Saying, “I love you” is easy. Showing, “I love you” is something else entirely. Is it any wonder, then that as this interchange between Jesus and Peter comes to some kind of resolution, Jesus’ final words to Peter are, “Follow me”? In other words, Jesus is saying: don’t just tell me you love me – show me you love me.”

Love begins with words – love ripens and matures with action.

Toady, how can we show Jesus that we love him?

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(June 3, 2017: Charles Lwanga and Companions, Martyrs)
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Acts 28:16-20, 30-31     Ps 11:4, 5 and 7         Jn 21:20-25

“Who is the one who will betray you…?”

Well, the easy answer is Judas. We know that he betrayed Jesus for thirty pieces of silver. Later he regretted his betrayal and hanged himself.

Then again, Peter betrayed Jesus by denying that he even knew him - not once, not twice but three times. He regretted his denial almost immediately, but eventually went on to become “the rock” on which Jesus would build his Church. How about James and John? Didn’t they betray Jesus – in a way – by asking for places of honor at his left and at his right? In subsequent years they gave their lives for their faith.

It might make a lot more sense – and requires a lot less time – to ask this question - who is the one who has not betrayed Jesus? The answer would produce a much smaller number. After all, each of us betrays Jesus when we are focused upon our own benefit at the expense of others. Each of us betrays Jesus when we turn a blind eye or a deaf ear to the needs of others. Each of us betrays Jesus when we decide that we are not up to the challenges that come with being his disciple.

Each of us betrays Jesus when we sin.

Thanks be to God that Jesus doesn’t hold grudges. Thanks be to God that Jesus doesn’t settle old scores. Thanks be to God that Jesus doesn’t hold on to old hurts or betrayals. Imperfect as we are, Jesus continues to say to us, day in and day out: “Follow me”.

Thanks be to God!

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(June 4, 2017: Pentecost)
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Acts 2:1-11     Ps 104:1, 24, 29-30, 31, 34     1 Cor 12:3b-7, 12-13     Jn 20:19-23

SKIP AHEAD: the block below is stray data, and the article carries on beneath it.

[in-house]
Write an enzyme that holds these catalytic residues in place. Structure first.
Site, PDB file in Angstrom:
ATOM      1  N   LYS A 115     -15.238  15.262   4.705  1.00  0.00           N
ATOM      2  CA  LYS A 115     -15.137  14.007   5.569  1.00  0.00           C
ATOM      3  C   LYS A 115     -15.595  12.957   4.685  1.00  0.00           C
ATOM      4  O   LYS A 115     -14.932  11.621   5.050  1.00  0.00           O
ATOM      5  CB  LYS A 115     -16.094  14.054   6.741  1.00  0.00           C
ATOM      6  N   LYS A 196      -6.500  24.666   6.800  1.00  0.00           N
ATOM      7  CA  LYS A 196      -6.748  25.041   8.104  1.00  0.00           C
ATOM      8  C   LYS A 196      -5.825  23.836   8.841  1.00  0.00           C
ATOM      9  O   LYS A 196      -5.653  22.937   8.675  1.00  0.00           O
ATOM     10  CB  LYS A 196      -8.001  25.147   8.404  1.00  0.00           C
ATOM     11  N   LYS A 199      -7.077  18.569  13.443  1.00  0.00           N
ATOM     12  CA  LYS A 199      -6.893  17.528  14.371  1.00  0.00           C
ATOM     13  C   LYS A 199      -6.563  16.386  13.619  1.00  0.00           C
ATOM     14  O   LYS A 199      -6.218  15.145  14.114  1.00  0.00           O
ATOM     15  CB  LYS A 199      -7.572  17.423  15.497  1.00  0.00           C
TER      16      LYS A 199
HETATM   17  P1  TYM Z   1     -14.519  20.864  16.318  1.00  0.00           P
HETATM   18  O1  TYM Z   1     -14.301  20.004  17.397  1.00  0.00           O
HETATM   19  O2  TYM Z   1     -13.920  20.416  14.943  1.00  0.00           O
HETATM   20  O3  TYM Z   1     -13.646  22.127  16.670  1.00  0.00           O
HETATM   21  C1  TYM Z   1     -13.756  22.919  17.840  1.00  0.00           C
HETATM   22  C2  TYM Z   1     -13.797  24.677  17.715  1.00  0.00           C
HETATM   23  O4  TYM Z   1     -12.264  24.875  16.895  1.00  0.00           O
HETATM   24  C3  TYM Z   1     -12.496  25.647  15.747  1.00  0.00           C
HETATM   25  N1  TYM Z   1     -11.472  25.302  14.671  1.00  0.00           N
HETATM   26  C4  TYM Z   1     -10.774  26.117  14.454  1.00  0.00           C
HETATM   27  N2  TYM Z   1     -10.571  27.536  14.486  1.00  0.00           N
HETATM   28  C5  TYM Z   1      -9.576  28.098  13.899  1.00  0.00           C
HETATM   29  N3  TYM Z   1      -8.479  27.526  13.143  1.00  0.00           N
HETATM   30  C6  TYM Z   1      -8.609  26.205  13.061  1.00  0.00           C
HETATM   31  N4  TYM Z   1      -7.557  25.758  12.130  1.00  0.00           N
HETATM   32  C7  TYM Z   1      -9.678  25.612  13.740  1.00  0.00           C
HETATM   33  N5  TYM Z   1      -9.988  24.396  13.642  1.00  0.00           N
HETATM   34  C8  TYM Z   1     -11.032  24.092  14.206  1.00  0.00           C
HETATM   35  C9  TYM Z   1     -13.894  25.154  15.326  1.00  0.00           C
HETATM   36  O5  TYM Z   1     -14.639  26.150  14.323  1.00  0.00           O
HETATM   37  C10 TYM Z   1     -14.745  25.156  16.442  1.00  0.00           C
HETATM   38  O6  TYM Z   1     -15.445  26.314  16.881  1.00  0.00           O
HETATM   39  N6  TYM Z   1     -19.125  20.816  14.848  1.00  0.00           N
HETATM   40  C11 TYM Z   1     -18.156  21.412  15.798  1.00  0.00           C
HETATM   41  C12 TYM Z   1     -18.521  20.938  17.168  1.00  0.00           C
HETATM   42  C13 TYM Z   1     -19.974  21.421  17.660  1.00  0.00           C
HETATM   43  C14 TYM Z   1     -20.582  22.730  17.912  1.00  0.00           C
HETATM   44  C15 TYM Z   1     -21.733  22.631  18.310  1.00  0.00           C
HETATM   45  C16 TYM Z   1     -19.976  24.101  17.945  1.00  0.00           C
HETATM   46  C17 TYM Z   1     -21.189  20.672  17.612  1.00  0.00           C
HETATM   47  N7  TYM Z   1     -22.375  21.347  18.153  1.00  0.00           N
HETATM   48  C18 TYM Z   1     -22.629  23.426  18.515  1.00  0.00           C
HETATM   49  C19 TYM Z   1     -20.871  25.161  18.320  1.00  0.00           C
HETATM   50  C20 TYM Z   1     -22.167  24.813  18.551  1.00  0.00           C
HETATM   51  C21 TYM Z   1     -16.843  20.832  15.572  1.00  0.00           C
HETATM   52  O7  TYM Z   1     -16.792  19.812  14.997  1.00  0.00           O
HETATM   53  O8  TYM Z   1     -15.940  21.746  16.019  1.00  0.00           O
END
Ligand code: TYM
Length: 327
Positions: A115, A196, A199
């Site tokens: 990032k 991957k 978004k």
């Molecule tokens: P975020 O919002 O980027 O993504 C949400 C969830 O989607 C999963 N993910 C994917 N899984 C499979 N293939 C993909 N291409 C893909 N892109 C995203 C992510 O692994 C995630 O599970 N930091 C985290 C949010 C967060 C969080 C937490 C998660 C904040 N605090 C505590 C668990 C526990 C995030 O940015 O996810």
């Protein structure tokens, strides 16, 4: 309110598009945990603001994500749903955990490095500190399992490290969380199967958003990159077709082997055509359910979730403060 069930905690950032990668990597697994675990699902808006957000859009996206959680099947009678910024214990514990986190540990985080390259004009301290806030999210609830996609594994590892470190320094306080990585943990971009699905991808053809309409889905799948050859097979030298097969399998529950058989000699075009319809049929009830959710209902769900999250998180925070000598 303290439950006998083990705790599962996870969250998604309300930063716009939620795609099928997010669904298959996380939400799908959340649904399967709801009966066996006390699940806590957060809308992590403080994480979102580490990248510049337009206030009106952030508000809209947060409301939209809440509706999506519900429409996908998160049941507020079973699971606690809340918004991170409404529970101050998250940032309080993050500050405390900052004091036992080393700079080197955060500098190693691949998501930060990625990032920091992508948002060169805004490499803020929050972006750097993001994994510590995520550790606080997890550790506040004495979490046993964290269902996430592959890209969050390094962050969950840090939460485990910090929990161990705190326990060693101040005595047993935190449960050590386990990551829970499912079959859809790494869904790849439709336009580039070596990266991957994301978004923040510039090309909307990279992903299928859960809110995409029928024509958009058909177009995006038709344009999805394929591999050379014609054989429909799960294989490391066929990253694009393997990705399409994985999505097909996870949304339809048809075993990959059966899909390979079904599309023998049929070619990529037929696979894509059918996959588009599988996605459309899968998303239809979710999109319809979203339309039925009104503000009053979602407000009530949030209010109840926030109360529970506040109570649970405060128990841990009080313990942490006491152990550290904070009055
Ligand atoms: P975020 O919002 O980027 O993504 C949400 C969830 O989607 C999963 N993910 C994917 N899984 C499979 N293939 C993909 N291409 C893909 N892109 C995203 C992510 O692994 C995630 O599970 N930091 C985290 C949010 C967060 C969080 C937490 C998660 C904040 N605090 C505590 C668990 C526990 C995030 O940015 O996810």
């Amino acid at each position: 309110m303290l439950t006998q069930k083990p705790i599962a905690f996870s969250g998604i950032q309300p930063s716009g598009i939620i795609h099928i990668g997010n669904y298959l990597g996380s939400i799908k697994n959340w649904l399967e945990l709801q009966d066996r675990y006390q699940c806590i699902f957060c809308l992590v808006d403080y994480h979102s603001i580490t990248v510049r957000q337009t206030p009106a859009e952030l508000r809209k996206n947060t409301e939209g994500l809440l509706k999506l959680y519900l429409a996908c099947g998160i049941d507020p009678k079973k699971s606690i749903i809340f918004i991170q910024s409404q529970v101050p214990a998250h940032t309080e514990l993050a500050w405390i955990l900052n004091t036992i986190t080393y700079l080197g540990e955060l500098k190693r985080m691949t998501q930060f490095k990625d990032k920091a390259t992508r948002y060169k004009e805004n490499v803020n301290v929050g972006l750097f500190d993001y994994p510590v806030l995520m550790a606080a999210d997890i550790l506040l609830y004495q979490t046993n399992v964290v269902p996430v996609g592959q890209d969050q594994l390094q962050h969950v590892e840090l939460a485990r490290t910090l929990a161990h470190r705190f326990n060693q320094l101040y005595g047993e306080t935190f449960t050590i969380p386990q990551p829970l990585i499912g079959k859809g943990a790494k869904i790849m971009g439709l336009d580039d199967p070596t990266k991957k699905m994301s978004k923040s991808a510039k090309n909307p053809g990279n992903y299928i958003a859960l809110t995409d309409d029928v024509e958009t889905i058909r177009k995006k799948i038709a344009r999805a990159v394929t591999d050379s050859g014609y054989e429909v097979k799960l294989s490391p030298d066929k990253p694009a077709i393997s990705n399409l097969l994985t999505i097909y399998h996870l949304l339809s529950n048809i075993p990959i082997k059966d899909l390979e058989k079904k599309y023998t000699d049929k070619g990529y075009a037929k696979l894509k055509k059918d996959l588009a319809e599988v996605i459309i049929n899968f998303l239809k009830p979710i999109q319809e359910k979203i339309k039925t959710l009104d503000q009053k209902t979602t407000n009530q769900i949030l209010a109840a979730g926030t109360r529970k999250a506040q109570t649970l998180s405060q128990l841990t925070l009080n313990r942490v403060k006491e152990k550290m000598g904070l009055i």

“Each of us hears them speaking in our own tongue about the marvels that God has accomplished.”

Despite the fact that they were speaking to many people from many languages and many cultures, the apostles were understood by all of their listeners as they proclaimed the marvels that God had accomplished.

How was this possible?

Enflamed by the power of the Holy Spirit, the apostles were speaking the language of the heart. They were speaking with enthusiasm. They were speaking with gratitude. They were speaking with praise and thanksgiving. They were speaking from the core. They were speaking from the soul.

In short, they were speaking the universal language - the language of the heart.

We are most human - we are most divine - when we speak the language of the heart, when we speak the language of love, when we speak and listen from the soul, when we are grounded in the Word-Made-Flesh.

As we know all too well from our own experience, there is more to communication than meets the eye, or for that matter, even the tongue or the ear. Communicating is often a lot easier said than done. We frequently misunderstand one another. We frequently presume to know what others are thinking or feeling. We frequently use the same words for which there are different meanings. We frequently have different ways of saying the same thing. We frequently hear, but we frequently fail to listen. We are always talking, but talking is not the same as communicating or speaking from one heart to another.